Carthy has enjoyed two separate tenures within Steeleye Span, has appeared at “The Journey”, their career retrospective concert and double CD and occasionally guests at special occasions and one-off concerts. In total he appears on three studio and two live albums plus two UK singles, one Australia-only single and an instrumental EP. The 1970-71 lineup in particular has been the subject of a number of compilations of varying quality and relevance but these are largely omitted here as many are currently unavailabe and all reproduce tracks from the lineup’s two studio albums. The exception is “The Lark in the Morning” which impressively gathers together the entire output of this lineup.
Steeleye Span Mk. II
Carthy’s first tenure with Steeleye was in fact the second lineup of the band. The previous incarnation had imploded immediately after recording their first album and before they had ever played any live shows. Steeleye Mk. II consisted of Tim Hart, Maddy Prior, Peter Knight, Ashley Hutchings & Carthy and was together for a little over a year during which time they recorded two studio albums and developed a reputation as an impressive (and loud) live band.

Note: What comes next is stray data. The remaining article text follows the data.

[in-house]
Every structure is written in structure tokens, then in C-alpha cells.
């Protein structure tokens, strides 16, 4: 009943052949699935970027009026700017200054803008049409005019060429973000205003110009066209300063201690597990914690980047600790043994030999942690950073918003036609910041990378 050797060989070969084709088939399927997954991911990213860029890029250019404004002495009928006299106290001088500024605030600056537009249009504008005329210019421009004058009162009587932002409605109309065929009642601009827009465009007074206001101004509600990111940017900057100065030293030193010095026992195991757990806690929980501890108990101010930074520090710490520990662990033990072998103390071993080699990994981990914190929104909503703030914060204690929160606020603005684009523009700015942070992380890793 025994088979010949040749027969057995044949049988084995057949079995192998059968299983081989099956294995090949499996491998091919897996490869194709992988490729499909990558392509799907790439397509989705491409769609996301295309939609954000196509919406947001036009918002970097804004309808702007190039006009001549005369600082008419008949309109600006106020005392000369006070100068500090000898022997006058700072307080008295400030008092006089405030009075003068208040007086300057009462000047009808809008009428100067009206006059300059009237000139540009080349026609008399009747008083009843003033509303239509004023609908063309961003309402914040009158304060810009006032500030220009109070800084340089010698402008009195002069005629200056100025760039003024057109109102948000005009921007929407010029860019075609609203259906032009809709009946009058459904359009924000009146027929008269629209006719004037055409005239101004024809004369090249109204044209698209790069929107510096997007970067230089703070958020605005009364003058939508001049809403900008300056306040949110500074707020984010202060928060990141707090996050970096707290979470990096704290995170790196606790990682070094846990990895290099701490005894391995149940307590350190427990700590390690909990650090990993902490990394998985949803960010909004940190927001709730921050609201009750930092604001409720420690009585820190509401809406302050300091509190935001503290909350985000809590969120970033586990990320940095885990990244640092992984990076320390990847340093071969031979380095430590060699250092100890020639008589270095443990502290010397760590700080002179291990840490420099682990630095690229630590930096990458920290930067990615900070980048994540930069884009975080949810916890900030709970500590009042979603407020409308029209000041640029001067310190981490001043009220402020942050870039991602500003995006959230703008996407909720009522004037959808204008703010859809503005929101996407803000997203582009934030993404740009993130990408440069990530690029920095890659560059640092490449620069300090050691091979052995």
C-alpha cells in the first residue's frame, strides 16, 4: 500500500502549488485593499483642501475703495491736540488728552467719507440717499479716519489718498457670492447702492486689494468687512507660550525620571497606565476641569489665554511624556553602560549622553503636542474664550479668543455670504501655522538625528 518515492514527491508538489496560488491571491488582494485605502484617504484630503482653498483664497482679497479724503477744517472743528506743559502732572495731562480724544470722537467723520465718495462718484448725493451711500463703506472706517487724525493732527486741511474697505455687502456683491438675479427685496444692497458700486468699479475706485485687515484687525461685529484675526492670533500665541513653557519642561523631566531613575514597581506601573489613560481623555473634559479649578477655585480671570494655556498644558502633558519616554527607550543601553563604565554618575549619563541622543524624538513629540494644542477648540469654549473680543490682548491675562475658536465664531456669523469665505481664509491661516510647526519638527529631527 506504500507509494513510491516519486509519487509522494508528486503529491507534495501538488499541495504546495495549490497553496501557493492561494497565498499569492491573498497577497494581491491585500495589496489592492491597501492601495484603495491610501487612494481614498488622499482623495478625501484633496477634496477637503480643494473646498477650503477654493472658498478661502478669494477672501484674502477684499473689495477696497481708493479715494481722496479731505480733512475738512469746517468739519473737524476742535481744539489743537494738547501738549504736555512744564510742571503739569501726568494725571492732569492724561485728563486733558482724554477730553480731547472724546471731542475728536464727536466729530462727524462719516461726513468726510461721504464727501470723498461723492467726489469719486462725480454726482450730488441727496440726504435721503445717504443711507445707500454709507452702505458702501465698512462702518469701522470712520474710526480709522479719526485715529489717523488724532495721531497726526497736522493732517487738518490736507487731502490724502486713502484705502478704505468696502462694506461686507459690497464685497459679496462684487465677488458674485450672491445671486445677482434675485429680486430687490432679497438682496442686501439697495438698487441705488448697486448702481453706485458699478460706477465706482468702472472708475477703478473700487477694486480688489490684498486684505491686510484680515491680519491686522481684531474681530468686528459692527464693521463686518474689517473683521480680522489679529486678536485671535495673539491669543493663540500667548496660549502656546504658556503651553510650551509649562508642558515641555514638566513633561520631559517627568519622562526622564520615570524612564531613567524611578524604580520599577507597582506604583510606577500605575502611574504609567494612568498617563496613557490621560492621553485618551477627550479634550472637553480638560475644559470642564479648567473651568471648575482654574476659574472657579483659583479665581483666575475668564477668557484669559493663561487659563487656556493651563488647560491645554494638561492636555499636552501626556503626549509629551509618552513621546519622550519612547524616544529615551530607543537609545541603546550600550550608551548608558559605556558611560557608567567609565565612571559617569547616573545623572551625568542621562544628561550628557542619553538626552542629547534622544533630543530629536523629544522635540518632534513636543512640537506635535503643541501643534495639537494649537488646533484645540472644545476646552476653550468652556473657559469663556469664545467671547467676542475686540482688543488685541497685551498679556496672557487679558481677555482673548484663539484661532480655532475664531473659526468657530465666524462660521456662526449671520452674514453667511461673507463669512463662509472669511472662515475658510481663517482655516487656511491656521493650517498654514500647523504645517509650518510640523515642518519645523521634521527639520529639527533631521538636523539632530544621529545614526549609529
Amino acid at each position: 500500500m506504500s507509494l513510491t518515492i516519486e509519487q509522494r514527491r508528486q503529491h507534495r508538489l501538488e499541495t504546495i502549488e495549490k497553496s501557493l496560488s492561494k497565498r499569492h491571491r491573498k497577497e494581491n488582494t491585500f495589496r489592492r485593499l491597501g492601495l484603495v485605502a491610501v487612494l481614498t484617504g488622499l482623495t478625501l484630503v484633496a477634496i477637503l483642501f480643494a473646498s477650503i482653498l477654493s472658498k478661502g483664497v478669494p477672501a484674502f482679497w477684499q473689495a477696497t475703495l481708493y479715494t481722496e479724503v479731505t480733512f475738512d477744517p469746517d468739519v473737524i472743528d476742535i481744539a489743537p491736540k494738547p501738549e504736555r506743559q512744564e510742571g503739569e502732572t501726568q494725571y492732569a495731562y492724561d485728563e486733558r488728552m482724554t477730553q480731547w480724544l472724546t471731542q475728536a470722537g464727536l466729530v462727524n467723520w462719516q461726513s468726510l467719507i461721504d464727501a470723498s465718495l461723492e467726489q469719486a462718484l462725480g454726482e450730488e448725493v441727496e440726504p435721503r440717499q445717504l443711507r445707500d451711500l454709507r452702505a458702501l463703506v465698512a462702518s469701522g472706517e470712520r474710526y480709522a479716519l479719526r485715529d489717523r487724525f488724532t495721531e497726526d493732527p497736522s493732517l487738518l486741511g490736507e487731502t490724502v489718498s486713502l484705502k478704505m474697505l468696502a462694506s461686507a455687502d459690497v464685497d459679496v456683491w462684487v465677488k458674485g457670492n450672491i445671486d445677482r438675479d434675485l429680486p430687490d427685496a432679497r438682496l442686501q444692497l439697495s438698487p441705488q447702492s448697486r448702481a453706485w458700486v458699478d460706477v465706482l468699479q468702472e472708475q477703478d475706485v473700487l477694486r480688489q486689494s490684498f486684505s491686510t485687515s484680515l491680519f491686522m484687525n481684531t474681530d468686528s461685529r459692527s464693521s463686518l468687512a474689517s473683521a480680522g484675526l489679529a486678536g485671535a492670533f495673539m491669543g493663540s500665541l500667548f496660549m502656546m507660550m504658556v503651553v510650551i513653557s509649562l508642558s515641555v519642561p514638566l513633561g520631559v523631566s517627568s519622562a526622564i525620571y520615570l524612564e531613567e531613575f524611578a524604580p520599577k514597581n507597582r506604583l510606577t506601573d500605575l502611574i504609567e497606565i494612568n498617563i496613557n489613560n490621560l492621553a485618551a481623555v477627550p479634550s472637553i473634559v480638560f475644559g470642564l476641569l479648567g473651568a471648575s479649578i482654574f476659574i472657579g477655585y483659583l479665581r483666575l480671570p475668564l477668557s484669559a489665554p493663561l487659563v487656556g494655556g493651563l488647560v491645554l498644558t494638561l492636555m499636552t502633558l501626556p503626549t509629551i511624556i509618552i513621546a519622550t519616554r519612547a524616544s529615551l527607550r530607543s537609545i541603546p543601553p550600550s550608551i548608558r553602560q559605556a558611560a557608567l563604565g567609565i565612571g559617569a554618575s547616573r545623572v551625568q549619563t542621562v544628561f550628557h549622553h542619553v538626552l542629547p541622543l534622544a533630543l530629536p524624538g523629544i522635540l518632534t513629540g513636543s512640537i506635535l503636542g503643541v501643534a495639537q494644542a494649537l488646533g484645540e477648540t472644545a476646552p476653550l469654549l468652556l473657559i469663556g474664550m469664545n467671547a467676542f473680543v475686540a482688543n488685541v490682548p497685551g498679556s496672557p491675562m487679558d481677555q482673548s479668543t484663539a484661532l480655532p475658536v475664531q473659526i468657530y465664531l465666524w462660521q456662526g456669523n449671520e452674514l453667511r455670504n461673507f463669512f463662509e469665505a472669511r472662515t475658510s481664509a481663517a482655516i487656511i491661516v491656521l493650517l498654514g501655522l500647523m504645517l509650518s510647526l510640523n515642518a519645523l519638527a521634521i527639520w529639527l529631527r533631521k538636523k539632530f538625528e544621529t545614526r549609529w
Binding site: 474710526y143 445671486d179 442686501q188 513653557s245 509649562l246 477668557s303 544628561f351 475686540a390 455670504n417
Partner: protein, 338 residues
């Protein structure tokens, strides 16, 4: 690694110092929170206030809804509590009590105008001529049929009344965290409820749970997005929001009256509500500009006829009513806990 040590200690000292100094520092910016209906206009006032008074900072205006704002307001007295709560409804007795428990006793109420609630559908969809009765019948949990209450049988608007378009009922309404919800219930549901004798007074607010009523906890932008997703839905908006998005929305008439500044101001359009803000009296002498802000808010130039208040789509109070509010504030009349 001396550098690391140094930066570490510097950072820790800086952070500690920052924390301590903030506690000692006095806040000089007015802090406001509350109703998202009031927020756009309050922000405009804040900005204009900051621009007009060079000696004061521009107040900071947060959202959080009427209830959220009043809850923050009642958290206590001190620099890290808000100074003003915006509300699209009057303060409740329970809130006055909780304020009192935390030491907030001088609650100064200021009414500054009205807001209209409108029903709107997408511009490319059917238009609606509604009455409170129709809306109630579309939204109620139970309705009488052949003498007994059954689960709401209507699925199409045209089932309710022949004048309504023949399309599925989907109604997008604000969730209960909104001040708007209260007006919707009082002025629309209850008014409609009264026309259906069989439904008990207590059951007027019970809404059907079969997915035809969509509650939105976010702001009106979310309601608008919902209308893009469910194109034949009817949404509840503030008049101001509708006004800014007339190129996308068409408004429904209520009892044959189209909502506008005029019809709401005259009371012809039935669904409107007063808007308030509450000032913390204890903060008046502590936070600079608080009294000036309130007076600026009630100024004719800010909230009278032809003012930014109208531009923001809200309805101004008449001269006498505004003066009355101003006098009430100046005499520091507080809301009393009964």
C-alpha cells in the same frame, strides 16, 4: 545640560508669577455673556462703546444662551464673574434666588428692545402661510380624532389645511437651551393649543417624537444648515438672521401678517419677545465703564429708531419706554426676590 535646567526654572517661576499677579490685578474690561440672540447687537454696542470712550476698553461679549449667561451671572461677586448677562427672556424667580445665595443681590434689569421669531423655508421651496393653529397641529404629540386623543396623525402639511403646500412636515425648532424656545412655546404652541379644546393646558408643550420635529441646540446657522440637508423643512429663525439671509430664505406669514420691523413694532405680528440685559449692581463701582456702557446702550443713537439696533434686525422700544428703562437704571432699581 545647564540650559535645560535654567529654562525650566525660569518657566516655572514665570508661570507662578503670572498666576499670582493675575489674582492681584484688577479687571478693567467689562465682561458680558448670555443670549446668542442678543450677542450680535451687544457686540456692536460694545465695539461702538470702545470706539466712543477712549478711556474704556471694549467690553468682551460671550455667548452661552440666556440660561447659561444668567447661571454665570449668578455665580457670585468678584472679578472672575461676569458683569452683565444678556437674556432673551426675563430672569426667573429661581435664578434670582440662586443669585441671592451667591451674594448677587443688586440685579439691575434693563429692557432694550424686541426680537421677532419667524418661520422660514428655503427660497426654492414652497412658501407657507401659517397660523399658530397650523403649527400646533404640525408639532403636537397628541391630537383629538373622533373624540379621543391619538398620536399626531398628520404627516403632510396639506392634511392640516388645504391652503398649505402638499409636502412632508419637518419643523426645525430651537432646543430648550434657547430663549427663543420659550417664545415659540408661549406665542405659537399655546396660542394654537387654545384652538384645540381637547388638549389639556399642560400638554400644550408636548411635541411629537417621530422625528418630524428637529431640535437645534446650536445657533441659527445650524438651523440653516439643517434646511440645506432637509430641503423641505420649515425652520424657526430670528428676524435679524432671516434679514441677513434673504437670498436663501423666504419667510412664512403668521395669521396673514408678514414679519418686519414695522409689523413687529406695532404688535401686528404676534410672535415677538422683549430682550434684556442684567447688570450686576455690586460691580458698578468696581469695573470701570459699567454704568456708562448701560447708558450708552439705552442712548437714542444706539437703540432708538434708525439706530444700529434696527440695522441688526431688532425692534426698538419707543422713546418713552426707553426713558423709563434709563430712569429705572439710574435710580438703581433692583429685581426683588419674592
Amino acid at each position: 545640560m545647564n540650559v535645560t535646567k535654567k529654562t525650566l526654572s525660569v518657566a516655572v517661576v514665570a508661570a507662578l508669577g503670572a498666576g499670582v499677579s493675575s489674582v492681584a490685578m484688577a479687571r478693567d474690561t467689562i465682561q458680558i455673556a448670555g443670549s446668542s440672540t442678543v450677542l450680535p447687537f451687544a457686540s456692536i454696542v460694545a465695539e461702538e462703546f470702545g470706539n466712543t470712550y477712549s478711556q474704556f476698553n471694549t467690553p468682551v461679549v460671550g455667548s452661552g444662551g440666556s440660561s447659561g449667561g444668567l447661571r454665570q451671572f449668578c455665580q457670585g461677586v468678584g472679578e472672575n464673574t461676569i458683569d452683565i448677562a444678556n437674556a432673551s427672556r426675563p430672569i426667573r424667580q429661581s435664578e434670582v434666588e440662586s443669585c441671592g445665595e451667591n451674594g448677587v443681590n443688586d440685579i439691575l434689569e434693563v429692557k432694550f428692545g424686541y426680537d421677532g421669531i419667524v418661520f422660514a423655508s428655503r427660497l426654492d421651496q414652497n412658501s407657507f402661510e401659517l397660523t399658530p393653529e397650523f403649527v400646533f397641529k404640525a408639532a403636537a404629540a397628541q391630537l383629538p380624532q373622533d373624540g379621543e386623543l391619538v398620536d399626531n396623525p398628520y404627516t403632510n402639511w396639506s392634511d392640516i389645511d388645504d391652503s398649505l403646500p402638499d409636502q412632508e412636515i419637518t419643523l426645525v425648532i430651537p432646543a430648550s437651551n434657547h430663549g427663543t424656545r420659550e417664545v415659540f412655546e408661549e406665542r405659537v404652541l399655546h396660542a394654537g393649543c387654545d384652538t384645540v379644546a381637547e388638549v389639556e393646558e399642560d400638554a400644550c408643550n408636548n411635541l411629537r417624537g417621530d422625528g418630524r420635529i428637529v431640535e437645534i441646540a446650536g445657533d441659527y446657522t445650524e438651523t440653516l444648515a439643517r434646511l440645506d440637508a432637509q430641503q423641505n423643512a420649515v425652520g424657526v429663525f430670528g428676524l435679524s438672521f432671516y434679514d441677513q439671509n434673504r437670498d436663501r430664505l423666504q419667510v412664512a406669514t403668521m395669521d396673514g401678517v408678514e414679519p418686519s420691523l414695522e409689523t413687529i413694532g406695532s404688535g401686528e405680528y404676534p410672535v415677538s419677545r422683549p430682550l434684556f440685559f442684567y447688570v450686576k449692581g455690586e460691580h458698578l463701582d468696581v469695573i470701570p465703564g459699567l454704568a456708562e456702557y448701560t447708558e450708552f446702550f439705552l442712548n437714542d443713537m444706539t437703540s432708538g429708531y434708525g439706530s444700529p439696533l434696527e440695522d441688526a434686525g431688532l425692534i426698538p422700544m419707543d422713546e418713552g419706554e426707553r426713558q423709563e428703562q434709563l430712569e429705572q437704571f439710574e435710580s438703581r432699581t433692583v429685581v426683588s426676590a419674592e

Steeleye Span Mk. V
In 1977 Carthy was asked to re-join the band – who had by now gone through a couple of major lineup changes – for what was intended to be their farewell tour. He did so on the proviso that John Kirkpatrick be asked to join and during its short lifespan this lineup recorded one studio and one live album plus a couple of singles. Steeleye Mk. V consisted of Tim Hart, Maddy Prior, Rick Kemp, Nigel Pegrum, John Kirkpatrick & Carthy.
Steeleye had in fact reformed within a couple of years of 1978 farewell tour and by the time of “The Journey” – a benefit concert for the War Child charity that took place in September 1995 at London’s Forum theatre – had been through several additional personnel changes. The concert had reunited all the major lineups of the band and the two-CD set featuring most of the concert was released in 1999. A number of compilations of Mk. II recordings had appeared throughout the 70s and this trend continued into the CD age. The compilation listed here is widely considered one of the better examples.